To succeed, large ocean sanctuaries need to benefit both sea life and people
Posted by admin on 22nd November 2017
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There is growing concern that the world’s oceans are in crisis because of climate change, overfishing, pollution and other stresses. One response is creating marine protected areas, or ocean parks, to conserve sea life and key habitats that support it, such as coral reefs.

In 2000, marine protected areas covered just 0.7 percent of the world’s oceans. Today 6.4 percent of the oceans are protected – about 9 million square miles. In 2010, 196 countries set a goal of protecting 10 percent of the world’s oceans by 2020.

Ocean parks that are very large and often remote account for most recent progress toward this goal, but they also are controversial. Some ecologists view them as the most effective way to protect ecosystems, deep-sea and open ocean habitats and large, highly migratory species. Critics say they may divert attention from conservation priorities closer to more densely populated areas, and are hard to monitor and enforce. And social scientists have questioned whether protecting such large zones infringes on indigenous people’s rights.

Our research seeks to inform conservation policies that are effective, equitable and socially just. In our new study of established or proposed large marine protected areas in Bermuda, Rapa Nui (Easter Island), Palau, Kiribati and the Commonwealth of the Northern Mariana Islands and Guam, we show that efforts to protect even remote sites can generate important outcomes for local residents that they may view as positive or negative. They can increase national pride and political leverage for indigenous populations, for example. They can also complicate international conservation negotiations or cause broad shifts in national economies.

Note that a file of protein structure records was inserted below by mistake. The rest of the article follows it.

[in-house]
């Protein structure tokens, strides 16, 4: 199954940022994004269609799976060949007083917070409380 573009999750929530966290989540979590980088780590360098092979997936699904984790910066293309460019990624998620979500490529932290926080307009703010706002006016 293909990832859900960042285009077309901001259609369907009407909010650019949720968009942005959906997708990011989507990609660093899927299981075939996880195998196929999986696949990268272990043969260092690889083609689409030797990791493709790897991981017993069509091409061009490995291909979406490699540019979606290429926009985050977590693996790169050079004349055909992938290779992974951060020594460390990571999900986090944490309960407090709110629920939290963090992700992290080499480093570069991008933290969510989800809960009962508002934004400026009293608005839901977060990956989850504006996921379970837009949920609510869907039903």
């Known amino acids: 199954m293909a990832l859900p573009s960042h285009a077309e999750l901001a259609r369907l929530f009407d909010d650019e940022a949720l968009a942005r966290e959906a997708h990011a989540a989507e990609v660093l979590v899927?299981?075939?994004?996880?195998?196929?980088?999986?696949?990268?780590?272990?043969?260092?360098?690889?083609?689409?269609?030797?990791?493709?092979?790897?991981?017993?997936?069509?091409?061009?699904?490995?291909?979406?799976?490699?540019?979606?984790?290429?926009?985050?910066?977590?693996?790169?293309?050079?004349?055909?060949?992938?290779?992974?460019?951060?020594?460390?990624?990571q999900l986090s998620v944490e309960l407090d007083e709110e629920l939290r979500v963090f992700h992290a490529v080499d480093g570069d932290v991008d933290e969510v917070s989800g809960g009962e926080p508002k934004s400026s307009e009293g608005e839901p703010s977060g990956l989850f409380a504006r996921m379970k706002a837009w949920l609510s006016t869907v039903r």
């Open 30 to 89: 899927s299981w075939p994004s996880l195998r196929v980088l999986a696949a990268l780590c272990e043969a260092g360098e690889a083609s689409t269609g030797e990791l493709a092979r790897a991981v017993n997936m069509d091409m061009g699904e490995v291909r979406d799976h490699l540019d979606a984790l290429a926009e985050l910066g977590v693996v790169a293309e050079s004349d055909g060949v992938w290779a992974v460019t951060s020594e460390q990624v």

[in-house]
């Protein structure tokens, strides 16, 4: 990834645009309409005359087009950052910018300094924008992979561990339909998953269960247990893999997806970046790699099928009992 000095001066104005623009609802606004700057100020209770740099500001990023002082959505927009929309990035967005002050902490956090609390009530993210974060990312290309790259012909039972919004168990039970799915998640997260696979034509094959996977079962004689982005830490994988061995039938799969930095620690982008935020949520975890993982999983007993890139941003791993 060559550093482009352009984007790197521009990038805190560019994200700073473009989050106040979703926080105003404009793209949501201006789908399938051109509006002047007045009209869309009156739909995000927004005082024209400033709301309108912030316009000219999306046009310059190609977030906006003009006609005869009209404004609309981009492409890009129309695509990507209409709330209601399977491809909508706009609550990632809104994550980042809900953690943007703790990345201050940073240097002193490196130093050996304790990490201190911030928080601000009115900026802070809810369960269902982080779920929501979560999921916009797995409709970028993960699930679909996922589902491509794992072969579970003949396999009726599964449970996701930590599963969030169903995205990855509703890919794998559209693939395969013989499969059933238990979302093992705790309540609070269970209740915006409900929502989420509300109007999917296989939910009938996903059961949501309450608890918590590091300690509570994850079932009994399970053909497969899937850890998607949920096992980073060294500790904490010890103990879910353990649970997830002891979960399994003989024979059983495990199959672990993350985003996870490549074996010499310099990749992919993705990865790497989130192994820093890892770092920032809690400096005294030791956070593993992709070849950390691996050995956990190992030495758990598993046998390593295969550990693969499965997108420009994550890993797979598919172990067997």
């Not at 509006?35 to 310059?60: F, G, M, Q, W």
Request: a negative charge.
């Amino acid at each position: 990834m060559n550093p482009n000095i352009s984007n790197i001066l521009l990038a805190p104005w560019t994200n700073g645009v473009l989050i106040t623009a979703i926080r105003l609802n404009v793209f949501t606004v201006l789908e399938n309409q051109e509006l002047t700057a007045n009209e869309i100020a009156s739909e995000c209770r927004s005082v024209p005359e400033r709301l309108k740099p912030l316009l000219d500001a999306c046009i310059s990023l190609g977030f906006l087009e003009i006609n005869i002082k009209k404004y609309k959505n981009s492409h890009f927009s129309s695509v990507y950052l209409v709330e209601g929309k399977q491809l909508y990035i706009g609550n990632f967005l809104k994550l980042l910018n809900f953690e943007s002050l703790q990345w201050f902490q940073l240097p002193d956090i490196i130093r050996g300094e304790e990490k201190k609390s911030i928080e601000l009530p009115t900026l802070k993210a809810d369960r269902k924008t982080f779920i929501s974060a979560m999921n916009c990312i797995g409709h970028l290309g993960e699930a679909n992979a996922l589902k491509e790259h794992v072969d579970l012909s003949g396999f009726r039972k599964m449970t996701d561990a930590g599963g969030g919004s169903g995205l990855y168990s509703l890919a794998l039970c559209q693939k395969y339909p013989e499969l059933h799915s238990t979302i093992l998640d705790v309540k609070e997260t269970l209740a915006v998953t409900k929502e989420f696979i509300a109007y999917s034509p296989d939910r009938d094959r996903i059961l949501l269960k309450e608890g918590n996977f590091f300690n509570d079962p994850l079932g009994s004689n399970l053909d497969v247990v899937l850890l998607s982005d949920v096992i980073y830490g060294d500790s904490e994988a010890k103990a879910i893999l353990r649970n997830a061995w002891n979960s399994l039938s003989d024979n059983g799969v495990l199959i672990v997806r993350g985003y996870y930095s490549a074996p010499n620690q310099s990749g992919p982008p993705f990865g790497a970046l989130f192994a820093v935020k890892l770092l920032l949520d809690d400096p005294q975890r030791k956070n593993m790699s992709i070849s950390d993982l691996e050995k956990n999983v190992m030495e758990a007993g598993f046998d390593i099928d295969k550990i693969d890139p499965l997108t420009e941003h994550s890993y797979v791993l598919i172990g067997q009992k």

Here we discuss the Palau National Marine Sanctuary, one of the world’s largest, which was created in 2015. This sanctuary illustrates how large-scale ocean conservation has the potential to produce important social benefits.

Reefs in Palau.
Rebecca Gruby, CC BY-ND

Palau’s strategy

Palau is a small nation spread across several hundred islands in the western Pacific. As with many Pacific Island nations, Palau’s offshore tuna fishery is dominated by foreign vessels. Most of the revenues and fish that it produces are exported overseas. Only a small portion of the lowest-graded tuna makes it to Palau’s domestic market. At the same time, demand for seafood from Palau’s growing tourist industry is stressing other fish species in nearshore reefs.

In 2016, 136,572 tourists visited Palau – almost eight times the resident population. Palau is struggling to balance increasing tourist demand for seafood with the needs of local residents, who depend on reef fish for about 90 percent of their fish intake.